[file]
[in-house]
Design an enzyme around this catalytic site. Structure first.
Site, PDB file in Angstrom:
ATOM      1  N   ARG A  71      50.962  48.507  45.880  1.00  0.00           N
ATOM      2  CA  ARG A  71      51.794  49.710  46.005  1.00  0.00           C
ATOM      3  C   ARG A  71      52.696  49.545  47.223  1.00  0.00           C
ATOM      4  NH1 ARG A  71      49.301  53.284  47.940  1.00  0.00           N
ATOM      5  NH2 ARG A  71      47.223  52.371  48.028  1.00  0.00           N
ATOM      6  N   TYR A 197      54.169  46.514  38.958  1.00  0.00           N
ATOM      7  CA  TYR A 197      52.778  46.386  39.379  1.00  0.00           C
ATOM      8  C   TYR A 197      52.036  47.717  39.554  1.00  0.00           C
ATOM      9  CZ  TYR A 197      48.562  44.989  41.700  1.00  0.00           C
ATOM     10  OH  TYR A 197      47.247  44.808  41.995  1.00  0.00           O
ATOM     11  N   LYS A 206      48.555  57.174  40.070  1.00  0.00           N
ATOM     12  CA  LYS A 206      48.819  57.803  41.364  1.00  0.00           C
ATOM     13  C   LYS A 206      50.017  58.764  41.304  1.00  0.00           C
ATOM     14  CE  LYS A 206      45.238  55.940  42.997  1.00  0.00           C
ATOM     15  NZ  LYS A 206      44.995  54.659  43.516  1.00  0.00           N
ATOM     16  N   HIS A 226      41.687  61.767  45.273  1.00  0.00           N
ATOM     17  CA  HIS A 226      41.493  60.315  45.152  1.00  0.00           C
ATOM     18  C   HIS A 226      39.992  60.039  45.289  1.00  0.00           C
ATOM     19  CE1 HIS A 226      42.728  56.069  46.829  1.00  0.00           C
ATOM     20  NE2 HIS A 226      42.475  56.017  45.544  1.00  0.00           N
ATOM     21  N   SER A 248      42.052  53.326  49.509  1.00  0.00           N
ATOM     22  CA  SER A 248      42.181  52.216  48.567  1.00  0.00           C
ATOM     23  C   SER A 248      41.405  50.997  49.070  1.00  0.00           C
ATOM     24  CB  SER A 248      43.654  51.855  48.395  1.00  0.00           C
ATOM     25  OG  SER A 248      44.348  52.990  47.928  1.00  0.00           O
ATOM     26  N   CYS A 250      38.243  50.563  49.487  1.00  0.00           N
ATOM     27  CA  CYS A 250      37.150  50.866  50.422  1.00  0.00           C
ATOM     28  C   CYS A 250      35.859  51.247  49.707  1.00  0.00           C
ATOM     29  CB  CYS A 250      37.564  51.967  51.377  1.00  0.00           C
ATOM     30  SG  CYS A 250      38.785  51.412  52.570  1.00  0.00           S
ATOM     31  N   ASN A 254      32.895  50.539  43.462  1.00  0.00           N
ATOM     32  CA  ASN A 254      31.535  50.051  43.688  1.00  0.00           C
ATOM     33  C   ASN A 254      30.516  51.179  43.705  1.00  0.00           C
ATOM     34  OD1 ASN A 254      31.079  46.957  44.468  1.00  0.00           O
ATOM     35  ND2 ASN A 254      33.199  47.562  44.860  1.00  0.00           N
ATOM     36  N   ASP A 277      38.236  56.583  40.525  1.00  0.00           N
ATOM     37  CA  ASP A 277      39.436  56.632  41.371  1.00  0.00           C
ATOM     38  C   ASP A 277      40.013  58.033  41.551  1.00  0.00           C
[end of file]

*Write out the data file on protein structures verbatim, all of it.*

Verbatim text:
[in-house]
Design an enzyme around this catalytic site. Structure first.
Site, PDB file in Angstrom:
ATOM      1  N   ARG A  71      50.962  48.507  45.880  1.00  0.00           N
ATOM      2  CA  ARG A  71      51.794  49.710  46.005  1.00  0.00           C
ATOM      3  C   ARG A  71      52.696  49.545  47.223  1.00  0.00           C
ATOM      4  NH1 ARG A  71      49.301  53.284  47.940  1.00  0.00           N
ATOM      5  NH2 ARG A  71      47.223  52.371  48.028  1.00  0.00           N
ATOM      6  N   TYR A 197      54.169  46.514  38.958  1.00  0.00           N
ATOM      7  CA  TYR A 197      52.778  46.386  39.379  1.00  0.00           C
ATOM      8  C   TYR A 197      52.036  47.717  39.554  1.00  0.00           C
ATOM      9  CZ  TYR A 197      48.562  44.989  41.700  1.00  0.00           C
ATOM     10  OH  TYR A 197      47.247  44.808  41.995  1.00  0.00           O
ATOM     11  N   LYS A 206      48.555  57.174  40.070  1.00  0.00           N
ATOM     12  CA  LYS A 206      48.819  57.803  41.364  1.00  0.00           C
ATOM     13  C   LYS A 206      50.017  58.764  41.304  1.00  0.00           C
ATOM     14  CE  LYS A 206      45.238  55.940  42.997  1.00  0.00           C
ATOM     15  NZ  LYS A 206      44.995  54.659  43.516  1.00  0.00           N
ATOM     16  N   HIS A 226      41.687  61.767  45.273  1.00  0.00           N
ATOM     17  CA  HIS A 226      41.493  60.315  45.152  1.00  0.00           C
ATOM     18  C   HIS A 226      39.992  60.039  45.289  1.00  0.00           C
ATOM     19  CE1 HIS A 226      42.728  56.069  46.829  1.00  0.00           C
ATOM     20  NE2 HIS A 226      42.475  56.017  45.544  1.00  0.00           N
ATOM     21  N   SER A 248      42.052  53.326  49.509  1.00  0.00           N
ATOM     22  CA  SER A 248      42.181  52.216  48.567  1.00  0.00           C
ATOM     23  C   SER A 248      41.405  50.997  49.070  1.00  0.00           C
ATOM     24  CB  SER A 248      43.654  51.855  48.395  1.00  0.00           C
ATOM     25  OG  SER A 248      44.348  52.990  47.928  1.00  0.00           O
ATOM     26  N   CYS A 250      38.243  50.563  49.487  1.00  0.00           N
ATOM     27  CA  CYS A 250      37.150  50.866  50.422  1.00  0.00           C
ATOM     28  C   CYS A 250      35.859  51.247  49.707  1.00  0.00           C
ATOM     29  CB  CYS A 250      37.564  51.967  51.377  1.00  0.00           C
ATOM     30  SG  CYS A 250      38.785  51.412  52.570  1.00  0.00           S
ATOM     31  N   ASN A 254      32.895  50.539  43.462  1.00  0.00           N
ATOM     32  CA  ASN A 254      31.535  50.051  43.688  1.00  0.00           C
ATOM     33  C   ASN A 254      30.516  51.179  43.705  1.00  0.00           C
ATOM     34  OD1 ASN A 254      31.079  46.957  44.468  1.00  0.00           O
ATOM     35  ND2 ASN A 254      33.199  47.562  44.860  1.00  0.00           N
ATOM     36  N   ASP A 277      38.236  56.583  40.525  1.00  0.00           N
ATOM     37  CA  ASP A 277      39.436  56.632  41.371  1.00  0.00           C
ATOM     38  C   ASP A 277      40.013  58.033  41.551  1.00  0.00           C